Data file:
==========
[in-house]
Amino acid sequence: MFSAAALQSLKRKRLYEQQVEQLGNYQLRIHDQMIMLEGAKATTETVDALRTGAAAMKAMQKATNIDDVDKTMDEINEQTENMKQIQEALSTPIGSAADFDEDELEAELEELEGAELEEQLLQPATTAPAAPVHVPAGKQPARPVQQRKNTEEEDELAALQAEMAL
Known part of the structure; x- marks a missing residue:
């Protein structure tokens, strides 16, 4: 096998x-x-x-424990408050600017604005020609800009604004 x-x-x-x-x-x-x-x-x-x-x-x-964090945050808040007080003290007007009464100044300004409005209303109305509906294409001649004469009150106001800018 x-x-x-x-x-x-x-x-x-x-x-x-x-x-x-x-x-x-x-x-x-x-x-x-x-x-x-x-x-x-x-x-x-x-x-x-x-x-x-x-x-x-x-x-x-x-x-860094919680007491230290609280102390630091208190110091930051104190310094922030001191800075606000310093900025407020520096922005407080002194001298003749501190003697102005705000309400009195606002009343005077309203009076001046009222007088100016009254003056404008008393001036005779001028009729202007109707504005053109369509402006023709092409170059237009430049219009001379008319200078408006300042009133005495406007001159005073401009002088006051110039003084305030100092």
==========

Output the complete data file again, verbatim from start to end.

[in-house]
Amino acid sequence: MFSAAALQSLKRKRLYEQQVEQLGNYQLRIHDQMIMLEGAKATTETVDALRTGAAAMKAMQKATNIDDVDKTMDEINEQTENMKQIQEALSTPIGSAADFDEDELEAELEELEGAELEEQLLQPATTAPAAPVHVPAGKQPARPVQQRKNTEEEDELAALQAEMAL
Known part of the structure; x- marks a missing residue:
């Protein structure tokens, strides 16, 4: 096998x-x-x-424990408050600017604005020609800009604004 x-x-x-x-x-x-x-x-x-x-x-x-964090945050808040007080003290007007009464100044300004409005209303109305509906294409001649004469009150106001800018 x-x-x-x-x-x-x-x-x-x-x-x-x-x-x-x-x-x-x-x-x-x-x-x-x-x-x-x-x-x-x-x-x-x-x-x-x-x-x-x-x-x-x-x-x-x-x-860094919680007491230290609280102390630091208190110091930051104190310094922030001191800075606000310093900025407020520096922005407080002194001298003749501190003697102005705000309400009195606002009343005077309203009076001046009222007088100016009254003056404008008393001036005779001028009729202007109707504005053109369509402006023709092409170059237009430049219009001379008319200078408006300042009133005495406007001159005073401009002088006051110039003084305030100092």